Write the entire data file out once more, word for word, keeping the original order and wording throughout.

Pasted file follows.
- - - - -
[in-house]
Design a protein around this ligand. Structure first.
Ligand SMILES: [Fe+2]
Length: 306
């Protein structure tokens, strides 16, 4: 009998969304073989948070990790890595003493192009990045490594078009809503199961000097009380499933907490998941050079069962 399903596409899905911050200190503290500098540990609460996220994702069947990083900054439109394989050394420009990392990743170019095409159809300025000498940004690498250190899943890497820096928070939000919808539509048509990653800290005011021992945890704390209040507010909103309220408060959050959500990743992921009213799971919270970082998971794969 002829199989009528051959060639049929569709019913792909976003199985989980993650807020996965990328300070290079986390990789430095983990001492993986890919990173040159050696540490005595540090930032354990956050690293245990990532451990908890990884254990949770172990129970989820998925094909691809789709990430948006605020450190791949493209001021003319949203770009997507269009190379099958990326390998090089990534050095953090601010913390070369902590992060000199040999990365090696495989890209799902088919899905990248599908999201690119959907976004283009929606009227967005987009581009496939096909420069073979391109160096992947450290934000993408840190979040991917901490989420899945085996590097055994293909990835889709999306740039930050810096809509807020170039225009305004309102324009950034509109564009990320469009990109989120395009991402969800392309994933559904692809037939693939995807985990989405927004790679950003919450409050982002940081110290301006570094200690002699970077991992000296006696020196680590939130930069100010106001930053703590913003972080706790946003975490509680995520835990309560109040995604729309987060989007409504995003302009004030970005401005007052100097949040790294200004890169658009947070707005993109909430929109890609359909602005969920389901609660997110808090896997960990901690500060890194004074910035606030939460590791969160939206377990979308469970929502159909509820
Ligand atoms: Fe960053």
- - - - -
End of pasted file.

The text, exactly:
[in-house]
Design a protein around this ligand. Structure first.
Ligand SMILES: [Fe+2]
Length: 306
């Protein structure tokens, strides 16, 4: 009998969304073989948070990790890595003493192009990045490594078009809503199961000097009380499933907490998941050079069962 399903596409899905911050200190503290500098540990609460996220994702069947990083900054439109394989050394420009990392990743170019095409159809300025000498940004690498250190899943890497820096928070939000919808539509048509990653800290005011021992945890704390209040507010909103309220408060959050959500990743992921009213799971919270970082998971794969 002829199989009528051959060639049929569709019913792909976003199985989980993650807020996965990328300070290079986390990789430095983990001492993986890919990173040159050696540490005595540090930032354990956050690293245990990532451990908890990884254990949770172990129970989820998925094909691809789709990430948006605020450190791949493209001021003319949203770009997507269009190379099958990326390998090089990534050095953090601010913390070369902590992060000199040999990365090696495989890209799902088919899905990248599908999201690119959907976004283009929606009227967005987009581009496939096909420069073979391109160096992947450290934000993408840190979040991917901490989420899945085996590097055994293909990835889709999306740039930050810096809509807020170039225009305004309102324009950034509109564009990320469009990109989120395009991402969800392309994933559904692809037939693939995807985990989405927004790679950003919450409050982002940081110290301006570094200690002699970077991992000296006696020196680590939130930069100010106001930053703590913003972080706790946003975490509680995520835990309560109040995604729309987060989007409504995003302009004030970005401005007052100097949040790294200004890169658009947070707005993109909430929109890609359909602005969920389901609660997110808090896997960990901690500060890194004074910035606030939460590791969160939206377990979308469970929502159909509820
Ligand atoms: Fe960053």